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One Day University: 8 Professors with the Dallas Morning News

September 20, 2014 9:30 AM – 4:30 PM

 

One Day University and The Dallas Morning News have partnered to bring you a fascinating day of learning.

 

You can choose the 4 classes you want to take the day of the event!

 

The classes will be divided between the Winspear Opera House and the Dallas City Performance Hall. Please reference your program upon arrival for specific class locations.

schedule

9:30 AM - 10:45 AM
National Security vs. Freedom of Expression: The Real Inside Story of The Pentagon Papers

Stephen Whitfield / Brandeis University

Published by The New York Times in 1971, The Pentagon Papers divided an already deeply fractured nation with startling and disturbing revelations about the United States' involvement in Vietnam. The Washington Post called them "the most significant leaks of classified material in American history" and they remain relevant today as a reminder of the importance of a free press. Indeed, they are a focal point of The Post, a new film by Steven Spielberg about that era.

This timely class will focus on how the necessity to ensure national security must be reconciled with the rights guaranteed in the First Amendment - a democratic dilemma that continues to demand public attention. That challenge certainly reached a flashpoint when the press leaked the Pentagon Papers, a top-secret account of the origins of the Vietnam War - while it was still raging.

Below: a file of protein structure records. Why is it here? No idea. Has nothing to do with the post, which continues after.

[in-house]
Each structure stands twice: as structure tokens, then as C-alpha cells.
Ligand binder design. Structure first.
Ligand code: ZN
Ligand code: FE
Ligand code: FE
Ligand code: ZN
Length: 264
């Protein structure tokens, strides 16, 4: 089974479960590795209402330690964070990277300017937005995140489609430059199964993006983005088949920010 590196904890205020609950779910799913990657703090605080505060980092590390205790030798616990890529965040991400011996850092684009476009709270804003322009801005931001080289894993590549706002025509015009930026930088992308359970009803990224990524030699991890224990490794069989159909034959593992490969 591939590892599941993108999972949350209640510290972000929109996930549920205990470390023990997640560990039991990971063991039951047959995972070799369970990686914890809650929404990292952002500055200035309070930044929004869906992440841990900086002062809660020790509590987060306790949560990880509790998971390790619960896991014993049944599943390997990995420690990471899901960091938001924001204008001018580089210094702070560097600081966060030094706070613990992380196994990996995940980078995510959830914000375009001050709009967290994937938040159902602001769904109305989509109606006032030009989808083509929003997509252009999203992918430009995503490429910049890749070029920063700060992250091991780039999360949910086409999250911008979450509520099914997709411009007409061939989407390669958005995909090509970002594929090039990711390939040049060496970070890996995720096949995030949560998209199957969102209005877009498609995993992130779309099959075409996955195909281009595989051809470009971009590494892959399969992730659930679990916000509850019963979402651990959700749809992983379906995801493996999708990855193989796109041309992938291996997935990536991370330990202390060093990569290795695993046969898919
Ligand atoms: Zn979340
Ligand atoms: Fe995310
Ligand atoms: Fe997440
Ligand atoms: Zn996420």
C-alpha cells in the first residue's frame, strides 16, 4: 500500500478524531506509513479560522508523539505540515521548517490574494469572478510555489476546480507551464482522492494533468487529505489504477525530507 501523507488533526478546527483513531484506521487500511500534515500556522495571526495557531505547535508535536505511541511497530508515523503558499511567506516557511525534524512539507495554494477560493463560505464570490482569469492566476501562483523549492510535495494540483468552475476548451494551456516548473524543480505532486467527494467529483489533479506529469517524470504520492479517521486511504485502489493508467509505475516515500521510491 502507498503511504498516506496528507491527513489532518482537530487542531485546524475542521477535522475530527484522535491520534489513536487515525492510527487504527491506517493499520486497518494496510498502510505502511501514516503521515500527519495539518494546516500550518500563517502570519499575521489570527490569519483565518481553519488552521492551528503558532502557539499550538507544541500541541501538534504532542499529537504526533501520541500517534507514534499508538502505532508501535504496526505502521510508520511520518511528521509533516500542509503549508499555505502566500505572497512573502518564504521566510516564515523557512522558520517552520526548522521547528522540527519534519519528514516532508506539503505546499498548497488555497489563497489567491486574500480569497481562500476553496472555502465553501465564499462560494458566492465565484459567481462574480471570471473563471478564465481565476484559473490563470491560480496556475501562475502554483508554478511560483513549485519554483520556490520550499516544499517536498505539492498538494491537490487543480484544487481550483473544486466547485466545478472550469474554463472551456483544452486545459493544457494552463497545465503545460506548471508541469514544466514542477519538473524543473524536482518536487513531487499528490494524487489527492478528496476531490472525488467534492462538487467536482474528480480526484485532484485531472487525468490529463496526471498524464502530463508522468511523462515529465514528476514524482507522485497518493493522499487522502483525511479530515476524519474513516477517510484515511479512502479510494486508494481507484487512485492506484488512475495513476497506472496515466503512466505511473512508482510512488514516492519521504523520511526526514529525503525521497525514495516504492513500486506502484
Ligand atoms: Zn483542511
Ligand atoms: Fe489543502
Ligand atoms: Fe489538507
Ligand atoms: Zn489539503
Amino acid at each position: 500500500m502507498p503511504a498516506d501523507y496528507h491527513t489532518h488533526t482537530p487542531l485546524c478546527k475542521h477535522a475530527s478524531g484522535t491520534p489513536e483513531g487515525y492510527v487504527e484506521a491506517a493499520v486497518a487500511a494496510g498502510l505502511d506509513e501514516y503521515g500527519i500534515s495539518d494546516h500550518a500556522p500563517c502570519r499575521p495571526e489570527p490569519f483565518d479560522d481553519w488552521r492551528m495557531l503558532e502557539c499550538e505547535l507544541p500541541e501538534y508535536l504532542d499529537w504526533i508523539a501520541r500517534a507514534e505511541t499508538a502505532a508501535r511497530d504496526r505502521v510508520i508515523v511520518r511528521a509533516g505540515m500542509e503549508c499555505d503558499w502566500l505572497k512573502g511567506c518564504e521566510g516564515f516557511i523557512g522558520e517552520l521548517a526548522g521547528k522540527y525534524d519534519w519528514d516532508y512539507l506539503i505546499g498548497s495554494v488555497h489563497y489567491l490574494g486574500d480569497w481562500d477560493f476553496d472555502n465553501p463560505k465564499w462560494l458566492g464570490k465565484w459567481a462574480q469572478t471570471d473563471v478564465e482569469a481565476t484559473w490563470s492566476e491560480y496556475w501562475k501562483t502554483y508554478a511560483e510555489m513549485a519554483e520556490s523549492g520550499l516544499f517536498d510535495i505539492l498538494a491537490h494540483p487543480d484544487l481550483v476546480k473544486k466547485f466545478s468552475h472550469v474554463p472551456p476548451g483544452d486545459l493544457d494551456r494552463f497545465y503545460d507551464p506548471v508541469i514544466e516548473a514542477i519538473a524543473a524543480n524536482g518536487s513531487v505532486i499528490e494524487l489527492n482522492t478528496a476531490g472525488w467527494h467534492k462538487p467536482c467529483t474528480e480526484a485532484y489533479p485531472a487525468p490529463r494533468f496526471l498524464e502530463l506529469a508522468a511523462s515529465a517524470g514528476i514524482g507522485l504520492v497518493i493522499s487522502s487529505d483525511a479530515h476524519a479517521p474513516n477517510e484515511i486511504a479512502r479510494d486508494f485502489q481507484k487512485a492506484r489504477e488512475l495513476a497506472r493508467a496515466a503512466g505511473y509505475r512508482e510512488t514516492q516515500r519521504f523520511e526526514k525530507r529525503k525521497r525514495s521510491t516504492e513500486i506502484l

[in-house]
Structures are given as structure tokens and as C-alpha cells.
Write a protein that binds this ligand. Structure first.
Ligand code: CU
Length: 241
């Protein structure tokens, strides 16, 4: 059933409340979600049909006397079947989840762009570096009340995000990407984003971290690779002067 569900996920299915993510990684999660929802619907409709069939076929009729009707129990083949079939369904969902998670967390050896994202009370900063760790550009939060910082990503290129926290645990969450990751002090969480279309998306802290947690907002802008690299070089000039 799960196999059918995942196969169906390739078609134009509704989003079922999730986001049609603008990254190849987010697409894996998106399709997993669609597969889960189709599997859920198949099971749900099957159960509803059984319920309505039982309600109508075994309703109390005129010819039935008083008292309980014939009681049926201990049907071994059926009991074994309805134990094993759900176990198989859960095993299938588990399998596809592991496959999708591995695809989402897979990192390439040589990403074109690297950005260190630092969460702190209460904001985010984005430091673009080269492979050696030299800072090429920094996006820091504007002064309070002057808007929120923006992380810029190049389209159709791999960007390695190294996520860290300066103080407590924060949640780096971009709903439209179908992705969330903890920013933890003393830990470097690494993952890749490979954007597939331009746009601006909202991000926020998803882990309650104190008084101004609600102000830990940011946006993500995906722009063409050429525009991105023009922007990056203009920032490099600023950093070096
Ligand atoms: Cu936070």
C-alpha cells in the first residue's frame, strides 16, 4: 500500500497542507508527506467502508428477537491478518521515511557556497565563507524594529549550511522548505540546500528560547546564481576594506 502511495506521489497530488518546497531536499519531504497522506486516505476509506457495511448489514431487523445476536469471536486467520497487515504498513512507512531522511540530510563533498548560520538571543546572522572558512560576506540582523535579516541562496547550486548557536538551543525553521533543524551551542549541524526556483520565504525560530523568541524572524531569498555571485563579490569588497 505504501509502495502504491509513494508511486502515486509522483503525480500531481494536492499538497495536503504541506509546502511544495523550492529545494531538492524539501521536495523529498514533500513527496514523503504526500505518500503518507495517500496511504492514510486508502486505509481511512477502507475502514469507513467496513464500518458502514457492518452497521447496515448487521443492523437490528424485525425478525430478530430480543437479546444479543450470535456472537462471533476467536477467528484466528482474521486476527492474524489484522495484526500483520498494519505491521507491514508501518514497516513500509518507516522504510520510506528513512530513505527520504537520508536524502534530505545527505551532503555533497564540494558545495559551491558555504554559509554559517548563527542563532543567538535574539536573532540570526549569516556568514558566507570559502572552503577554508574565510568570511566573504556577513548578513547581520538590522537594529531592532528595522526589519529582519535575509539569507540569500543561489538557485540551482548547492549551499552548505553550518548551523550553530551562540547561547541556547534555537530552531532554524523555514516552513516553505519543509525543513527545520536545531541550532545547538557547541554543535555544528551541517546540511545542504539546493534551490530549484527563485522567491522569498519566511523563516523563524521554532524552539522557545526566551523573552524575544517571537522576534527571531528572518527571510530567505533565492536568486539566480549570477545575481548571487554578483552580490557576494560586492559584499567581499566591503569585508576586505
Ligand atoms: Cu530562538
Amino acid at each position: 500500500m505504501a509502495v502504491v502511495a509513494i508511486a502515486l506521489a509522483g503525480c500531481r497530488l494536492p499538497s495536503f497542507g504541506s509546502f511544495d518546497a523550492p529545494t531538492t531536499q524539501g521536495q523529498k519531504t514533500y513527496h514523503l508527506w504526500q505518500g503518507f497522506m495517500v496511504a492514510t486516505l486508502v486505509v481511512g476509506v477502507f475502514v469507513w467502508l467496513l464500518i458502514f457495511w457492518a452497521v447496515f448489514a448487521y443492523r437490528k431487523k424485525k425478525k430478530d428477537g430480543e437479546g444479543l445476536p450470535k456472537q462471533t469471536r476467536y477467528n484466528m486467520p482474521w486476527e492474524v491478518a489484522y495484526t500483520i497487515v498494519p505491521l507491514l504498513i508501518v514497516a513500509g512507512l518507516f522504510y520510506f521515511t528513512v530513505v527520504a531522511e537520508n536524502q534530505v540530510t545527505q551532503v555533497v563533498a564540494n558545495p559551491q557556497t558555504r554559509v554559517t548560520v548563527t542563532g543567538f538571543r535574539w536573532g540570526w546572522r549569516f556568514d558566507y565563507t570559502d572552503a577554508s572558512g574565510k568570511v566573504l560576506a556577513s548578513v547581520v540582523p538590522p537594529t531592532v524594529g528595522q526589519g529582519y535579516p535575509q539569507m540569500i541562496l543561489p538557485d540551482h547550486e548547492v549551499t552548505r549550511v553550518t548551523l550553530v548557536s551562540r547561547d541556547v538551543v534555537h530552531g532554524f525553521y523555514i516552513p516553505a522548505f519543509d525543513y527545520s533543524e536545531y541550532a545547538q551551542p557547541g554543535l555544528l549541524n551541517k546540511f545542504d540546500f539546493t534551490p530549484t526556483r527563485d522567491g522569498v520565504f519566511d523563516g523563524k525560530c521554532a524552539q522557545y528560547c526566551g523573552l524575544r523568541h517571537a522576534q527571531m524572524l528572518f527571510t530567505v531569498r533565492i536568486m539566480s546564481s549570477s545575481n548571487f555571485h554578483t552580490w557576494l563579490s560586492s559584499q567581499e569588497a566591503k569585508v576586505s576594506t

No constitutional case in American history became more urgent or more important in testing how free the media were (or are) in revealing to the citizenry what the U.S. government intended, while pursuing a war, to keep secret. Nearly five decades later, the political and legal issues that the episode exposed deserve to be pondered and evaluated again.

Stephen Whitfield / Brandeis University
Stephen Whitfield is an American Studies professor at Brandeis University. Has has won several teaching awards including the Samuel Proctor Award for Distinguished Scholarship, the Brandeis Student Union Teaching Award, and the Louis Dembitz Brandeis Prize for Excellence in Teaching.

9:30 AM - 10:45 AM
Men, Women, And Politics (A World Of Difference)

Jennifer Lawless / American University

Study after study finds that when women run for office, they perform as well as men, both in terms of the amount of money they raise and the votes they receive. Yet women remain severely under-represented in U.S. politics. When Congress convened in January 2013, 81% of its members were men. Men occupy the governor's mansion in 45 of the 50 states, and they run City Hall in 88 of the 100 largest cities across the country.